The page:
Few things fascinate me more than America and the select demographic of publicity-loving, nouveau riche people who live there. This may well be why said people are the subject matter of some of my favourite documentaries. Take The Queen of Versailles, for example, a chronicle of the stop-start construction of a French chateau-inspired Florida mansion, also America’s largest house, built by time-share mogul David Siegal and his Barbie doll-like socialite wife, Jackie. Trump: An American Dream falls into the same category as a rambling, in-depth account of the rise of the now POTUS and the psyche of the world’s most famous ‘rich man’. (Spoiler alert: he has always ever been a raging egomaniac with a penchant for gold.)
So it was only natural that Gringo: The Dangerous Life of John McAfee caught my attention when I was looking for my next hit of American bizarro. The synopsis triggered the memory of reading headlines about the anti-virus software mogul being found hiding under a cardboard box on a beach in Belize several years ago; McAfee was on the run for being mixed up in the murder of his neighbour in his adopted home of San Pedro, a colourful Belizean tourist island.
As it turns out, this outlandish series of events is only a fraction of the weird sh*t McAfee has played a hand in, in Belize and beyond. Having chosen to move to the Central American nation to capitalise on its tropical clime and relative lawlessness, the paranoid ‘gringo’ employs a cohort of ex-convicts to protect his home in San Pedro as well as his research laboratory where he hopes to make pharmaceutical breakthroughs in a jungle-laced district called Orange Walk. As though living some sort of self-fulfilling prophecy, he becomes embroiled with the local gangster scene, positing himself as a gringo ‘Godfather’ of sorts, surrounded by young local girls and escorts who reveals some particularly disturbing tidbits.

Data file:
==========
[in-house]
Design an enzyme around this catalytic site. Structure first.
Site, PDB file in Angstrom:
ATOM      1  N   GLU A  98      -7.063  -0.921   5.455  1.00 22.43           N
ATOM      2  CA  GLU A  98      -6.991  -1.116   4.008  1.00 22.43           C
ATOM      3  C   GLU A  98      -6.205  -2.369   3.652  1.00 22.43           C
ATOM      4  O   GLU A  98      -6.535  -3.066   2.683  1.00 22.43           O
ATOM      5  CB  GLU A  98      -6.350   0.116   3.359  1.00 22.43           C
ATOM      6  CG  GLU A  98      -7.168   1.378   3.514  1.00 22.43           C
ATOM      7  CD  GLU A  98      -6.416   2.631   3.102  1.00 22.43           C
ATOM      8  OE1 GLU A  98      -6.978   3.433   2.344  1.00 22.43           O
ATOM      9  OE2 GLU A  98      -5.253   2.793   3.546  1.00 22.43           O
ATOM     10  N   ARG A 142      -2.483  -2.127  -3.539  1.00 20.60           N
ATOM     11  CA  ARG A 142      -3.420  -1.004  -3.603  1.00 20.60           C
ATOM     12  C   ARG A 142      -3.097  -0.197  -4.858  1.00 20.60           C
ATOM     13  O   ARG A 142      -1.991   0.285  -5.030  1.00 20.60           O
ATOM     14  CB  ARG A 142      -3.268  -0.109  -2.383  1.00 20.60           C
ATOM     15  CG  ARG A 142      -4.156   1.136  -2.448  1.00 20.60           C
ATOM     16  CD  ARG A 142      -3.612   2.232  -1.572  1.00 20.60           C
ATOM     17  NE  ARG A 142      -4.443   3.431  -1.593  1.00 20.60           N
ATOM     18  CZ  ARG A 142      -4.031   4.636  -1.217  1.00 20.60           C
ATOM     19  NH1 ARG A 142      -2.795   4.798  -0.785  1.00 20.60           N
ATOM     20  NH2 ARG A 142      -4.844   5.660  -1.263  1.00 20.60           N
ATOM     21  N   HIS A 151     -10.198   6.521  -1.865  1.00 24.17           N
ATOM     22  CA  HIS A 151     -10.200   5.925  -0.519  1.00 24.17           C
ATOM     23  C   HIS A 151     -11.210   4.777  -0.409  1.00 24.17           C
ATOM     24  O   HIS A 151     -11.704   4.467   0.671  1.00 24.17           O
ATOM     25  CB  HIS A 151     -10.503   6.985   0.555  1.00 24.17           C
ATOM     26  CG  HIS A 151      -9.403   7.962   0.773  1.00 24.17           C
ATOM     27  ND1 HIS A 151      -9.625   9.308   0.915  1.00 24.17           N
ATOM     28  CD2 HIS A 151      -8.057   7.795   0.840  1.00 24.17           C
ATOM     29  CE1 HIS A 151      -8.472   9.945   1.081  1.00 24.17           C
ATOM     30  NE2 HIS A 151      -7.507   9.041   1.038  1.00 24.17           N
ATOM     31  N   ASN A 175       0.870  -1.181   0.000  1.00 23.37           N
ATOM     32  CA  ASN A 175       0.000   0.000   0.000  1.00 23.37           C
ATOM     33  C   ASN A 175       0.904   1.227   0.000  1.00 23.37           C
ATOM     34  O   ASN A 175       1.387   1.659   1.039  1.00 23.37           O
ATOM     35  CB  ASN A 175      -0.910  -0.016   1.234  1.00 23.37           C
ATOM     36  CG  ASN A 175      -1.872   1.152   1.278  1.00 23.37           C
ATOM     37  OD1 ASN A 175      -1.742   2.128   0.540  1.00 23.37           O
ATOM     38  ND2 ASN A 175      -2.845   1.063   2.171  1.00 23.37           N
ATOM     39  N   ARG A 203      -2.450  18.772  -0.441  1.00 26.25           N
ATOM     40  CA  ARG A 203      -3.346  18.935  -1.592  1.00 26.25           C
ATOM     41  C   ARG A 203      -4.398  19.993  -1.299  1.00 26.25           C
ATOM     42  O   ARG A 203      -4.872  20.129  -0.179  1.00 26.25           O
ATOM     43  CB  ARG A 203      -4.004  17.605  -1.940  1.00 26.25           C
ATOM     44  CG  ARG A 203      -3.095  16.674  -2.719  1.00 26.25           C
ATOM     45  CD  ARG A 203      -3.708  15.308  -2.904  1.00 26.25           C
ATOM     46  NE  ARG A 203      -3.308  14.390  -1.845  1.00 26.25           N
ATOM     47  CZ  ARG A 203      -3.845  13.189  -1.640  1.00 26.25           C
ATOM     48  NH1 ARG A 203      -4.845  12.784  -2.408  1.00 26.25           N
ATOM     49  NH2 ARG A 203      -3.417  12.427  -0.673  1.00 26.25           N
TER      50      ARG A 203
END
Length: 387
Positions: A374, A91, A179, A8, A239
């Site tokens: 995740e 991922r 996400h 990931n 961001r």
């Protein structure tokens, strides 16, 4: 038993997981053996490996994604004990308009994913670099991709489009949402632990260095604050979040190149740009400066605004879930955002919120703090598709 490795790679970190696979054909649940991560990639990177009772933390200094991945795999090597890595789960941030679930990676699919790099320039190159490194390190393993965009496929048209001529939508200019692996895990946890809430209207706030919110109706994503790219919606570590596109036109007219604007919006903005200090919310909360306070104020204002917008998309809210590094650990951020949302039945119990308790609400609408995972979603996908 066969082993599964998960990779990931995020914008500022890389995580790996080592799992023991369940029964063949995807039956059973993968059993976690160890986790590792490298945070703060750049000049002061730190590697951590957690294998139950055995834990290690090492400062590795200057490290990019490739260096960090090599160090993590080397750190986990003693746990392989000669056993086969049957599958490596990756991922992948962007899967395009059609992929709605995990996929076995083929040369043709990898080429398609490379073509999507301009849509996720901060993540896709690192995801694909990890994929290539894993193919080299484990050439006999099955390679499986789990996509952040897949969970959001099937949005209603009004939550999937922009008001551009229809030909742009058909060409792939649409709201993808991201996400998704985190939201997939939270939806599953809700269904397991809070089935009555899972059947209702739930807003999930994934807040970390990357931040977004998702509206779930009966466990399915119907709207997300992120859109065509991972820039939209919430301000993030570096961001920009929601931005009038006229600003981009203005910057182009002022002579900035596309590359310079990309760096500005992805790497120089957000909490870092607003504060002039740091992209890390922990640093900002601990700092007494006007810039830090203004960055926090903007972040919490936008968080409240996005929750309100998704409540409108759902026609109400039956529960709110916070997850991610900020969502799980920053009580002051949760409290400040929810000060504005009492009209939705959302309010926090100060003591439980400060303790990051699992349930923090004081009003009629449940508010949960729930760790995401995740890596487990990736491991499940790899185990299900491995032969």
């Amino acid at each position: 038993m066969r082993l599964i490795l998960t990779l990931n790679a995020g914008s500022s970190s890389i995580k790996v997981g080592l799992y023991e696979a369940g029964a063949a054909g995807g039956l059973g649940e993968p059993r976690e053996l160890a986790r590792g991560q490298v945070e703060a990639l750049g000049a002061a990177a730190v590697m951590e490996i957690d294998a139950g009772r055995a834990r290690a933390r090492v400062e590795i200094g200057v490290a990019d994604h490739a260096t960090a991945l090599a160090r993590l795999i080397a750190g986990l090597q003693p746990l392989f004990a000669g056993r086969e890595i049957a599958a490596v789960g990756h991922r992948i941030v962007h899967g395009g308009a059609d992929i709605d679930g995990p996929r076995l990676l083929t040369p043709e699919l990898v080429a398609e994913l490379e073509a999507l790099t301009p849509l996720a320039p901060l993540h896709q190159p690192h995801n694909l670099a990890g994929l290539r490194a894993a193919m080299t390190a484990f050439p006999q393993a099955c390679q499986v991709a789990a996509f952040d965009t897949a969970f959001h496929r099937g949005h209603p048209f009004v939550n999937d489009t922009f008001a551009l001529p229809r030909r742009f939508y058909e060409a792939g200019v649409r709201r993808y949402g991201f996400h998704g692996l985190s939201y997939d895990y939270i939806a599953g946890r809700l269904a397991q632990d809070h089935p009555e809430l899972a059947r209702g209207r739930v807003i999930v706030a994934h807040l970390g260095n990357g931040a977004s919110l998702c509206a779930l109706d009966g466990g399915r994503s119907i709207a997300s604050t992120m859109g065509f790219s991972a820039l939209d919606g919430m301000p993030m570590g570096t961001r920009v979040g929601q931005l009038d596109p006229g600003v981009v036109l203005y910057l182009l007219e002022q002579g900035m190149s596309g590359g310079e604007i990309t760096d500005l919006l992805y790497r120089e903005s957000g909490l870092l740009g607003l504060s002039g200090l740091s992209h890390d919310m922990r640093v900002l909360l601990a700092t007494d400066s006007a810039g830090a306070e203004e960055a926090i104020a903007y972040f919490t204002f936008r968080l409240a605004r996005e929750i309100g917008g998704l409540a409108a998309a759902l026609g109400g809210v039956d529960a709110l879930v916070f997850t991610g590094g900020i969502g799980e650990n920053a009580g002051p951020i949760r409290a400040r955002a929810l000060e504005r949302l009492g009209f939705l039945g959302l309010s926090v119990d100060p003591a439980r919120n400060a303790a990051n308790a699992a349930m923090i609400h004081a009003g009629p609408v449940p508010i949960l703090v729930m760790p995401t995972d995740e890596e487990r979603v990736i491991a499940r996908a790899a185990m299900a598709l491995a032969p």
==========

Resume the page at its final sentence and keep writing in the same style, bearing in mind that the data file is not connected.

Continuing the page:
Disliked by a number of expats who also live on the island, finding him antagonistic and above the law, Gringo: The Dangerous Life of John McAfee culminates in the murder of Greg Faull, a seemingly reasonable man-next-door who was simply fed up with McAfee’s thuggish antics. Faull miraculously gets next to no press as the news outlets go on a wild goose chase to find McAfee hiding illegally in Guatemala. What is arguably most bizarre, however, is that four years after McAfee-gate has blown over — largely thanks to his blame-bending abilities — the millionaire has a convincing punt at the 2016 presidential election, leveraging his standing as one of the country’s foremost authorities on cybersecurity to garner a fair amount of traction.
The film is rendered uncomfortably eery by the menacing communication McAfee has with documentary maker Nanette Burstein, calling her his “magnum opus”, i.e. the thing to which he will devote all his energy in the name of bringing down. Shedding light on the impunity of the world’s (and especially America’s) 1%, Gringo is a transparent account of how one megalomaniac uses money to obtain power in a far-off land.